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EMC launches new storage software

EMC launches new storage software

EMC forged its way further up the storage food chain last week, with the launch of its new array of storage management software, Automated Information Storage (AIS).

The storage vendor's open system new range attempts to eliminate stove pipes inherent in multi-vendor storage environments.

The line-up includes ControlCenter/Open Edition enterprise storage management environment, WideSky storage management middleware, ControlCenter replication manager and ControlCenter StorageScope for storage and network reporting. All are available immediately except the WideSky and Open Edition, which will hit the market in January 2002.

"All of these products are aimed at solving the mess we've got into in terms of storage management," said James Rothnie, EMC's senior vice president and chief technology officer.

EMC will initially handle all sales and integration of the new products directly, although it claims it has no intention of retaining this strategy for the long term.

Paul Rath, EMC South Asia's general manager, predicted it would take six to nine months before partners become fully versed with the AIS, depending on the level of commitment they put in. EMC will allow its product to flow through the channel only when it is satisfied with competence levels.

"Business from channel partners [in relation to EMC software sales] is currently around the 20 per cent mark," said Rath. "Clearly this announcement will see that figure increase."

While the launch is by no means EMC's first software venture, it is the first time the vendor's applications have been sold independent of its hardware. Rothnie said it is representative of an increased dedication and focus in this area, which currently reaps 25 per cent of EMC's total revenue.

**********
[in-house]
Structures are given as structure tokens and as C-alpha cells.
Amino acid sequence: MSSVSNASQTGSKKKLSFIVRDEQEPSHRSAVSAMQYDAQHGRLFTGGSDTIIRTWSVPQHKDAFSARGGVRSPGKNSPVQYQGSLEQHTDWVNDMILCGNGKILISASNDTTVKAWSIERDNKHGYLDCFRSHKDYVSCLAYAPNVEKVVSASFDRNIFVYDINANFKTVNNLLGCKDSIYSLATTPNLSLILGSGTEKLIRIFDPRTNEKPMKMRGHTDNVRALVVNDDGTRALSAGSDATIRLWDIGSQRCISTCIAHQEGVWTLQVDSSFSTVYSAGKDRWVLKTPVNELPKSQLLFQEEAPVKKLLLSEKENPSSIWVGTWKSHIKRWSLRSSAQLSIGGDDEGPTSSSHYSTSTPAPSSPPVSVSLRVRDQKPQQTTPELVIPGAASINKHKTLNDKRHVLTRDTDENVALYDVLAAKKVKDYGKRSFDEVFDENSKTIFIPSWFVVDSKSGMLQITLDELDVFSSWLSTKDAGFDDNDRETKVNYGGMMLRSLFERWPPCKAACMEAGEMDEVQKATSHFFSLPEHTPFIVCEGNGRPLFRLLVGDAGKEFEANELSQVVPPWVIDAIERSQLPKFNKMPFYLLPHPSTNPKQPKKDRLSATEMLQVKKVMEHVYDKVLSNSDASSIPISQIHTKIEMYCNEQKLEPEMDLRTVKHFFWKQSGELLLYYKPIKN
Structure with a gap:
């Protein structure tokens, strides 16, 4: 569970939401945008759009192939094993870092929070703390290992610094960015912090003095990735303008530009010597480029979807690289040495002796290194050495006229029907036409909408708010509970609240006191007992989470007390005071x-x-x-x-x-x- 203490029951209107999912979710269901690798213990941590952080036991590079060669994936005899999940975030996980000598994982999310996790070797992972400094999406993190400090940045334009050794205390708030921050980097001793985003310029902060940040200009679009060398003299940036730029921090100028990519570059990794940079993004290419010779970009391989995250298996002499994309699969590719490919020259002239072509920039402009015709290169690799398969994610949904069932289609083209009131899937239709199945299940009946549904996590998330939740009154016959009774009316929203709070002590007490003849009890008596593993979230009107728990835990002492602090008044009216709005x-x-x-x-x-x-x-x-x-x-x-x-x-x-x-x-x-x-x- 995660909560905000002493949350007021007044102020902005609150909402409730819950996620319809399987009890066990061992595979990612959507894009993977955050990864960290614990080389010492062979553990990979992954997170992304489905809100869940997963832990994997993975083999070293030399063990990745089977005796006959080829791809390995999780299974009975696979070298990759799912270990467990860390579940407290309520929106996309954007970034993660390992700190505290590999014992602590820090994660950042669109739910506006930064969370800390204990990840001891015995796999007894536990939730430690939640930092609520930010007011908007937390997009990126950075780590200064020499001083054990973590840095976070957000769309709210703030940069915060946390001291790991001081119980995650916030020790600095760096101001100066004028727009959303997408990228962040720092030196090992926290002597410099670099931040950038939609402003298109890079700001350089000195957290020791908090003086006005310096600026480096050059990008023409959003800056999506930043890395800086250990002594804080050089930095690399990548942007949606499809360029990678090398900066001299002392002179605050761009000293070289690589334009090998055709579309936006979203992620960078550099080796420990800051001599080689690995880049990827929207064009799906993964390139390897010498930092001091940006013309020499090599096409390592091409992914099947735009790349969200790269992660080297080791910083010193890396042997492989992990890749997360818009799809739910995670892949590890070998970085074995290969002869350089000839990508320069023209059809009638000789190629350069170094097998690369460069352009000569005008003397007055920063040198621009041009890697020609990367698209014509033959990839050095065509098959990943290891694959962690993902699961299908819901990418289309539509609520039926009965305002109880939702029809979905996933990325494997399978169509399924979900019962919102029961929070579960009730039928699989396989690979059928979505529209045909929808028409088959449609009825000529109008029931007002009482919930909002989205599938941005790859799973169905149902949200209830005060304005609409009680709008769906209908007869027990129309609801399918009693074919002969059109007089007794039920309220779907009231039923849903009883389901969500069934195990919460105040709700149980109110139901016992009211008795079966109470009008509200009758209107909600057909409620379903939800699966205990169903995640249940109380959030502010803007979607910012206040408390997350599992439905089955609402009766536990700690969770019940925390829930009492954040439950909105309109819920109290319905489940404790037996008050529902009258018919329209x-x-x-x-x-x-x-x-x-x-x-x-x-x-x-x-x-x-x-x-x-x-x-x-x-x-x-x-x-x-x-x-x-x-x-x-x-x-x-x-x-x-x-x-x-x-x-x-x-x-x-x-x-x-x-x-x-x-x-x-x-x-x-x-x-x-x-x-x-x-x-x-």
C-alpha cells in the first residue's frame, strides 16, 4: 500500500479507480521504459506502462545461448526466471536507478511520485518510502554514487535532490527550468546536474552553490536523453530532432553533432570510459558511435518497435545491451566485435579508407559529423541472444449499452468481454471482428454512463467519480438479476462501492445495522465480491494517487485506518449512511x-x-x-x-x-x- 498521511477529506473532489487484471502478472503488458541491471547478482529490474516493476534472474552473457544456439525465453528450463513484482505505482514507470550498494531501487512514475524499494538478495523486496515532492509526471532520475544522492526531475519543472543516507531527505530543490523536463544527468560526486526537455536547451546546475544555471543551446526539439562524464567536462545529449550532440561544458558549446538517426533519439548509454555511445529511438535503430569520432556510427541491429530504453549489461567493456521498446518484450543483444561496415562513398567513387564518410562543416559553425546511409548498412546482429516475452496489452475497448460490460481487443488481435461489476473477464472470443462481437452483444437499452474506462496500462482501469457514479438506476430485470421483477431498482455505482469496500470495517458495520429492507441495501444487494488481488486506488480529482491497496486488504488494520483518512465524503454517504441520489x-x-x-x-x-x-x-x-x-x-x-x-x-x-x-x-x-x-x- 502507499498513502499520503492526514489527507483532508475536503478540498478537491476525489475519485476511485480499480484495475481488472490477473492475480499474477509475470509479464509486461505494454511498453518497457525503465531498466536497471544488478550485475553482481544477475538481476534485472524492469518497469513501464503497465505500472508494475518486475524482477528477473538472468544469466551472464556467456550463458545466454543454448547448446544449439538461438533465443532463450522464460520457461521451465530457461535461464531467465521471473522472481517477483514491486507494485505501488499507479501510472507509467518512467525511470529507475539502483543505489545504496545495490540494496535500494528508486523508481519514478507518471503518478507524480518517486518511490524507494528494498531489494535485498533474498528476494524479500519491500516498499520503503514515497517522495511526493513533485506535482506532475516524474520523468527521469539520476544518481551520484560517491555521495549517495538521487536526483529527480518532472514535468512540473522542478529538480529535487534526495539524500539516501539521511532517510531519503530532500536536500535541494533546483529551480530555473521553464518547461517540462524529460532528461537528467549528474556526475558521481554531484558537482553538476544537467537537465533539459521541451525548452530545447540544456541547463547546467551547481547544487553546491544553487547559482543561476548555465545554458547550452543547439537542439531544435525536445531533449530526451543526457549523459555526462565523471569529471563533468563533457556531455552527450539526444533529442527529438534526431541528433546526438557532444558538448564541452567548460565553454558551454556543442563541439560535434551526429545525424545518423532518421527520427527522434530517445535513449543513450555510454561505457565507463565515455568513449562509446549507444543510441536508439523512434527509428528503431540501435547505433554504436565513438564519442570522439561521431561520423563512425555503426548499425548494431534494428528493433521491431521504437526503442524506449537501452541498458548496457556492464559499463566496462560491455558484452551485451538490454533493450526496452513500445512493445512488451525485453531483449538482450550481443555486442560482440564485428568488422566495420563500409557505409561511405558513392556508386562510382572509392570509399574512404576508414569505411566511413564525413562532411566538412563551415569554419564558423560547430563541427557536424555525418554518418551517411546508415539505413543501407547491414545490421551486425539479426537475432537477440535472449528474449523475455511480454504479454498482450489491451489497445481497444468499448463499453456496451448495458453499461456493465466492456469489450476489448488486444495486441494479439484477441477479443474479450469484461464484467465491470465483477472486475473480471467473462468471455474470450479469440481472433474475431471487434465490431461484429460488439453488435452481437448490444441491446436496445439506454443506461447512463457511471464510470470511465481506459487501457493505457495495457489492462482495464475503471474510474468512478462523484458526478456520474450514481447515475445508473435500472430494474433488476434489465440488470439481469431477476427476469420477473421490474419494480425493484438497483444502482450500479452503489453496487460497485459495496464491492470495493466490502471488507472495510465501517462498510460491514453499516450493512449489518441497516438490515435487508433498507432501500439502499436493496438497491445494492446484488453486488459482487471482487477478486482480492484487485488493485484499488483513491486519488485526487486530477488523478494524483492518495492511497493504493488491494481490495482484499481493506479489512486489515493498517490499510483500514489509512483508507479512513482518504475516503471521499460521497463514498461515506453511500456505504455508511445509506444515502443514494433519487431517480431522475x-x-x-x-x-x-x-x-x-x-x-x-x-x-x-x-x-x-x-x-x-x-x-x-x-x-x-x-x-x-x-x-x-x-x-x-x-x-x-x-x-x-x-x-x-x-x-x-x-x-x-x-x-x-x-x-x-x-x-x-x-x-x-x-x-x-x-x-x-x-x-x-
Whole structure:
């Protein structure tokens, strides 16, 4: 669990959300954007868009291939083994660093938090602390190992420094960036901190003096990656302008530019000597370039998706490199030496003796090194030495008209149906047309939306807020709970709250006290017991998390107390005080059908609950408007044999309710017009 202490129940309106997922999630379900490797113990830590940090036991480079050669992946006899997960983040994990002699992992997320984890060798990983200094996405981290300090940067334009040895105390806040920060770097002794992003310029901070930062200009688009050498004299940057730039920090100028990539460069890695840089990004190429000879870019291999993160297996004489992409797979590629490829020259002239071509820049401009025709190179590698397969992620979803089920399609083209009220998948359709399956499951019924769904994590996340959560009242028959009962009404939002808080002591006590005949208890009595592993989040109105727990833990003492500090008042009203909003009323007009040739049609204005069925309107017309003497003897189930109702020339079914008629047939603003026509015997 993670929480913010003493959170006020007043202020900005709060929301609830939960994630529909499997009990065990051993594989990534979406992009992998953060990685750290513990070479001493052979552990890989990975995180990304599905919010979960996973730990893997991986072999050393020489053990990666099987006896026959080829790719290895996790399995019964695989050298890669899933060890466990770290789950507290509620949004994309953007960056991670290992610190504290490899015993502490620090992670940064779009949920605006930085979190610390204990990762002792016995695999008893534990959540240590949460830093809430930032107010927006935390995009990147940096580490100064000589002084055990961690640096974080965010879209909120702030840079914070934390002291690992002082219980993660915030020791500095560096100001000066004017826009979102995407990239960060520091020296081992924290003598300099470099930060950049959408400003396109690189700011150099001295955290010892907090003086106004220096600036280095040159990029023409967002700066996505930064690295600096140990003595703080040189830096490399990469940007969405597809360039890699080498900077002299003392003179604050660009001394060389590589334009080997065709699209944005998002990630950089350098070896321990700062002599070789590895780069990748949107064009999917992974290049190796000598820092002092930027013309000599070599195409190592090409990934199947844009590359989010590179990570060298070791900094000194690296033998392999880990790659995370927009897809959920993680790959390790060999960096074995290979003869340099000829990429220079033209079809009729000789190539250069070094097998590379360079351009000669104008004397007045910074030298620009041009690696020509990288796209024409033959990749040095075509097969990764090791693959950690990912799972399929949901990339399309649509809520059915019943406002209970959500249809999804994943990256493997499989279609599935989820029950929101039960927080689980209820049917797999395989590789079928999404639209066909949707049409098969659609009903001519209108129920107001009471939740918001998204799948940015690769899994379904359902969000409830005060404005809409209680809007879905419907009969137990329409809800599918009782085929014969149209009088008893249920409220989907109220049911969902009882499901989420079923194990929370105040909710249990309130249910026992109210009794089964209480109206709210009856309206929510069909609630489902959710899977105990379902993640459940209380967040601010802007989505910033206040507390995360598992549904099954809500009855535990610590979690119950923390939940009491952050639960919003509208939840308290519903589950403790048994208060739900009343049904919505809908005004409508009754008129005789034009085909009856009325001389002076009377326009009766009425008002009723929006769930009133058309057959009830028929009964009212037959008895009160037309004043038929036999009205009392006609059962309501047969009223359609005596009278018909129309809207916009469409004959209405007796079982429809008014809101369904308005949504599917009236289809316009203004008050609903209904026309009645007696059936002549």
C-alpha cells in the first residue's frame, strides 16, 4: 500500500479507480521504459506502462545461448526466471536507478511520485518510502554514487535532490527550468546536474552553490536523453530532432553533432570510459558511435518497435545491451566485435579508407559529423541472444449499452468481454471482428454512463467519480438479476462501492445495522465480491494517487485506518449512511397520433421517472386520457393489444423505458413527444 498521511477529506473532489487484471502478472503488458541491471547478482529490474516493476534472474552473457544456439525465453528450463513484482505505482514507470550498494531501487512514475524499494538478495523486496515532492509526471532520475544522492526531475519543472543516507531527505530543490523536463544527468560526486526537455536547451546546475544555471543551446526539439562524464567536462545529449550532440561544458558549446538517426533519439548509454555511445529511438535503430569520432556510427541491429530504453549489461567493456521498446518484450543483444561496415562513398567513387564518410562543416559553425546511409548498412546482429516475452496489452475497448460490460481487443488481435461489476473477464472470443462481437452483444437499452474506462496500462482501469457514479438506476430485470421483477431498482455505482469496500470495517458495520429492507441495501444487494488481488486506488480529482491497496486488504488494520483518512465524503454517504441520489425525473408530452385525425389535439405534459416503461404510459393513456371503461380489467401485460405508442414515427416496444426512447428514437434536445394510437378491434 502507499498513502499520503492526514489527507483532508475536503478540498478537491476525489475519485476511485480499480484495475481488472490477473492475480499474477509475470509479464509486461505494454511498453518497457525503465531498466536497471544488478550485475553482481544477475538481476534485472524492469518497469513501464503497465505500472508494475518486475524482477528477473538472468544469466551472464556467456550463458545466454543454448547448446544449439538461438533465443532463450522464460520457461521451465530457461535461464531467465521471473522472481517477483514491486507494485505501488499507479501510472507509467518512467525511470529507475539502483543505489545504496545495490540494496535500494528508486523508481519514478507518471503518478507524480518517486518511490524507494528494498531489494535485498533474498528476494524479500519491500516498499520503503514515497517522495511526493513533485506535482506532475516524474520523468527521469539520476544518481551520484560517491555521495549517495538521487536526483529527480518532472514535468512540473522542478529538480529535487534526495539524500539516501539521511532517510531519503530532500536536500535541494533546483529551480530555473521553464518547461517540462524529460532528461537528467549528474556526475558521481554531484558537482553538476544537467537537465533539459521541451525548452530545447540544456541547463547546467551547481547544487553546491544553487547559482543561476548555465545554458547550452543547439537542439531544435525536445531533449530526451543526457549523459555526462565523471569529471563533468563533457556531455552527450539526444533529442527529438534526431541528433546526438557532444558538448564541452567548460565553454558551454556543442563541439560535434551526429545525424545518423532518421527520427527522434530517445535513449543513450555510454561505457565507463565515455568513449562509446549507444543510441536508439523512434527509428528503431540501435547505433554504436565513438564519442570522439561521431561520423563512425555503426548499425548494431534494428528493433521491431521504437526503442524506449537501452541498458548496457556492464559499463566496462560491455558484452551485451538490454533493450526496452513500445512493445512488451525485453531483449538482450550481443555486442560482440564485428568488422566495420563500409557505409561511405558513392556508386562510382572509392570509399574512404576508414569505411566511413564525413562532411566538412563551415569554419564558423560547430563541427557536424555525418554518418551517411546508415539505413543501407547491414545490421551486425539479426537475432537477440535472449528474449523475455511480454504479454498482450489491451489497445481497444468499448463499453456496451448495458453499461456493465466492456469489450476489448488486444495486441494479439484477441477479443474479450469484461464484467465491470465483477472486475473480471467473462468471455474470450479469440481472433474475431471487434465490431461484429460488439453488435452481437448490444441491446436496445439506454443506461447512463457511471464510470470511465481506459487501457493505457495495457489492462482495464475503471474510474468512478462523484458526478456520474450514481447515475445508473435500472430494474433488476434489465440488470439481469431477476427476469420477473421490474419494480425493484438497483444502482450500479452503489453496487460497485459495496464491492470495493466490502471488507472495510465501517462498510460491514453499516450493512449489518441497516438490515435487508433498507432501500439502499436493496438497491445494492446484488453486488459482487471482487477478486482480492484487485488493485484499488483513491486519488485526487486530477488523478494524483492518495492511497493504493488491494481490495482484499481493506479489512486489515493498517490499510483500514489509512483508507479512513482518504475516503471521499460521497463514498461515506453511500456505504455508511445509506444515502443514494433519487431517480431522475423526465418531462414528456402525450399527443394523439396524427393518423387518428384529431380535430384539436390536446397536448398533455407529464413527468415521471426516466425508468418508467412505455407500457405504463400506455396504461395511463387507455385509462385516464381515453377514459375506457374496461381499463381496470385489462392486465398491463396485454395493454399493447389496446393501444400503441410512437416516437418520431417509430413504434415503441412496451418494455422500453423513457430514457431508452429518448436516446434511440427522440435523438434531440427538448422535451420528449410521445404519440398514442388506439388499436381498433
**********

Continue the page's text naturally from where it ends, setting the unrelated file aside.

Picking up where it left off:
"Part of the hidden agenda is to drive a de facto industry standard," said Clive Gold, integrated marketing and sales support manager for Australia and NZ.

The company is hailing the launch of the AIS range as a directional change on par with the decision made in the early 90s to focus purely on storage. The hope is that software sales will account for 30 per cent of total revenue within the next three years.

The announcement was accompanied by the inevitable stab at the competition, and EMC was keen to have itself compared to rivals Veritas, Hitachi Data Systems, IBM and Compaq.

Steve Faris, vice president of marketing for EMC Asia-Pacific, urged people to scratch the surface of competitors that claim to offer a comprehensive storage management solution.


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